Hi! Welcome to Yay! Food!
Cooking and eating are among my greatest pleasures, and I want to share my adventures in (and outside of) the kitchen with others. I especially want to share my cooking process, which is improvisational and experimental, and full of exciting flavors, textures, colors and scents from a wide variety of cultures and regions. Video seems like the best way to do this, since a lot of what I do in the kitchen is context-based and spontaneous. So I’ve decided to video a year in my kitchen.
My name is Kali, the Head Cook in Residence, and I’m a fabulous chef. No matter what’s in the cupboards or the refrigerator I can always turn it into a tasty and creative meal, and when I feel like cooking something special, people line up to try it. Ex-lovers have praised my cooking to the point where it put strain on their current relationships. Part of the reason I’m good at cooking is because I love nuance and have a terrific sense of smell. But just as important is the fact that I cook nearly every day, try something new at least 3 times a week, and cook to please my many and varied guests.
Though I’ve catered professionally, and specialized in benefit dinners for non-profits and community organizations, I’m basically a down-home sort of cook. I love fancy appliances (yes, I have a bluetooth sous-vide cooker), but I’m just as happy with a wok or a cast iron frying pan. Occasionally I will splurge on expensive ingredients, but I think that usually I can do just as well without spending that kind of money. You’ll see both kinds of cooking on this blog.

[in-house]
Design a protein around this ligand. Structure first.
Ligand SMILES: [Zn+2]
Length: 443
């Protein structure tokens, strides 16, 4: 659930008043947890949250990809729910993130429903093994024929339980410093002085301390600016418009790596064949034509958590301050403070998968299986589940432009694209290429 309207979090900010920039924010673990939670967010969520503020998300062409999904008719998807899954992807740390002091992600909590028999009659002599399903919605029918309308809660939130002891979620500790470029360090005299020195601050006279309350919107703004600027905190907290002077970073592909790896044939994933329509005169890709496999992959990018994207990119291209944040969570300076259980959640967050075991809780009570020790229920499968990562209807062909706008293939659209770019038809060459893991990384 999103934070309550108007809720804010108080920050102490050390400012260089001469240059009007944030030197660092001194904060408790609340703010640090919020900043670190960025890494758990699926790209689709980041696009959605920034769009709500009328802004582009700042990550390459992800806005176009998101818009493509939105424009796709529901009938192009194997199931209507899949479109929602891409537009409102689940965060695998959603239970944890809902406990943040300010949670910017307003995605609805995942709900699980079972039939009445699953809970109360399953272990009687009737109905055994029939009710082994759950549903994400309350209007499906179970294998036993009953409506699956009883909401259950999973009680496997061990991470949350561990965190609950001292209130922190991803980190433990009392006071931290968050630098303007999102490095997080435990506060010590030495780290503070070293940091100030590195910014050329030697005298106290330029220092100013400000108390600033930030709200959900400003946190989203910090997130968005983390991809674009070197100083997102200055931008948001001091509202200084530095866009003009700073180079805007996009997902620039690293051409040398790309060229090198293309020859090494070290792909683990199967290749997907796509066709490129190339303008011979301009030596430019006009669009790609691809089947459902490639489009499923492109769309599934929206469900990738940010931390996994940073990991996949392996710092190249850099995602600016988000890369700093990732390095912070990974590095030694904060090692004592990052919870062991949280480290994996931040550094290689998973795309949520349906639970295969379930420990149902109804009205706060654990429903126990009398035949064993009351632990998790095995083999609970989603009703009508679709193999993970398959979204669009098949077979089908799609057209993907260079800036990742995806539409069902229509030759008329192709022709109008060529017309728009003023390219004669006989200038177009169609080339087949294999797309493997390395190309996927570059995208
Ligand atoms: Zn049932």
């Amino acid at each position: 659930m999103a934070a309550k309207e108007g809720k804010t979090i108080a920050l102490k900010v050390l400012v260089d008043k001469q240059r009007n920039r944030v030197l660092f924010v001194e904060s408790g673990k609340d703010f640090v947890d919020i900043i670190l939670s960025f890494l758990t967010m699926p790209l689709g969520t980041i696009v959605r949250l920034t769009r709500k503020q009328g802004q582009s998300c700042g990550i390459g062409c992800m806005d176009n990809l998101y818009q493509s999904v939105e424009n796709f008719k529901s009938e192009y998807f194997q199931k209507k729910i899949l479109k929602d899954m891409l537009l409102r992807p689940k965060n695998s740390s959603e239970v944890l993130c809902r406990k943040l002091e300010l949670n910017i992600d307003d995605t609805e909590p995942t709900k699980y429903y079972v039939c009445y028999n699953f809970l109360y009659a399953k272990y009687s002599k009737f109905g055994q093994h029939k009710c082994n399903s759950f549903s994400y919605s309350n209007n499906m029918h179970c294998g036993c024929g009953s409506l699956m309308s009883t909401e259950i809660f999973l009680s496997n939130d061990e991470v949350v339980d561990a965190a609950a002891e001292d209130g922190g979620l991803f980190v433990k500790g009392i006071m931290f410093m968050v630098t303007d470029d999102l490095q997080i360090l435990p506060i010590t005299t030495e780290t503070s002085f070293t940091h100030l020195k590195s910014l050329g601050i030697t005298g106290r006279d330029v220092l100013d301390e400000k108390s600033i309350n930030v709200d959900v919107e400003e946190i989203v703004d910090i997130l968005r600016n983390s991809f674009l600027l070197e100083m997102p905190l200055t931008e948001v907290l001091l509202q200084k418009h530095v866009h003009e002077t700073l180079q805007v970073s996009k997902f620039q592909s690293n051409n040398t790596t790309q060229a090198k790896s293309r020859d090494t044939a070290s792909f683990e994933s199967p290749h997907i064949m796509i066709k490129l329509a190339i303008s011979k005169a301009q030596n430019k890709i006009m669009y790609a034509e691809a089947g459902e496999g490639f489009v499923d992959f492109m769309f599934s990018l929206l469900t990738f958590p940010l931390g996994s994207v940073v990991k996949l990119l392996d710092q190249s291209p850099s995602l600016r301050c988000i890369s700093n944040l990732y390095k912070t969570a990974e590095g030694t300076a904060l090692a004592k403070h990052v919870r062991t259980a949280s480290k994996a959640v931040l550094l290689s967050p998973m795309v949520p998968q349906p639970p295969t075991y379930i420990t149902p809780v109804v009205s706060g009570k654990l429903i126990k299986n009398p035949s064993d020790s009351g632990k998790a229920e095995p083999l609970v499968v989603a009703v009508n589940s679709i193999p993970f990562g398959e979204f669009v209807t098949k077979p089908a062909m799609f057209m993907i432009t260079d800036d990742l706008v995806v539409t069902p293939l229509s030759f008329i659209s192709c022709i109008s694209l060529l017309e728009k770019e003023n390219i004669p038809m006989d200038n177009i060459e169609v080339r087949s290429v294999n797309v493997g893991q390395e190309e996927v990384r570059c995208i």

Improvisation in the kitchen
Yes, yes, this is a recipe blog. But you need to understand that I rarely cook with recipes. I mostly write them down for other people. And I read recipe books and recipes for fun, kind of like I read science fiction, fantasy, or horror stories for fun (fortunately, only a small proportion of recipes are horror stories). I have my favorite writers (Chris Schlesinger, Marcella Hazan, Mark Miller, Craig Claiborne, Rick Bayless, Mad Coyote Joe), and there’s nothing I like better than curling up in a big chair on a winter evening and reading recipes and commentary. Most recipes aren’t surprising. They are sort of like books with predictable plots—I read them, and I know what’s coming, and I can guess the ending. Even if it’s a happy ending, it’s less interesting than the endings I can’t guess: flavors I’ve never thought of combining, new things to do with familiar ingredients, a recipe that calls for a food or spice I’ve never tasted. I immediately order such things if I find them on restaurant menus (a recent octopus carpaccio appetizer at the Marzilibrücke comes to mind here—it wasn’t that good, but it was certainly… interesting). When I find recipes like that, I love to try them.
I’m more the kind of cook who bases a menu around a flavor combination that’s been haunting me all week, or is inspired to try something new by the random contents of my cupboards and refrigerator on a week I haven’t had time to do any serious food shopping. In short, I’m generally a recipe-free cook to the point where I forget to write down even recipes I really want to save (including my own recipes). And that’s where this blog comes in. Blogging helps me to remember to record what I do in the kitchen. I’ve always wanted to write a cookbook, but that’s impossible if I never remember what I cooked. And if other folks benefit from my record keeping, that’s a double bonus.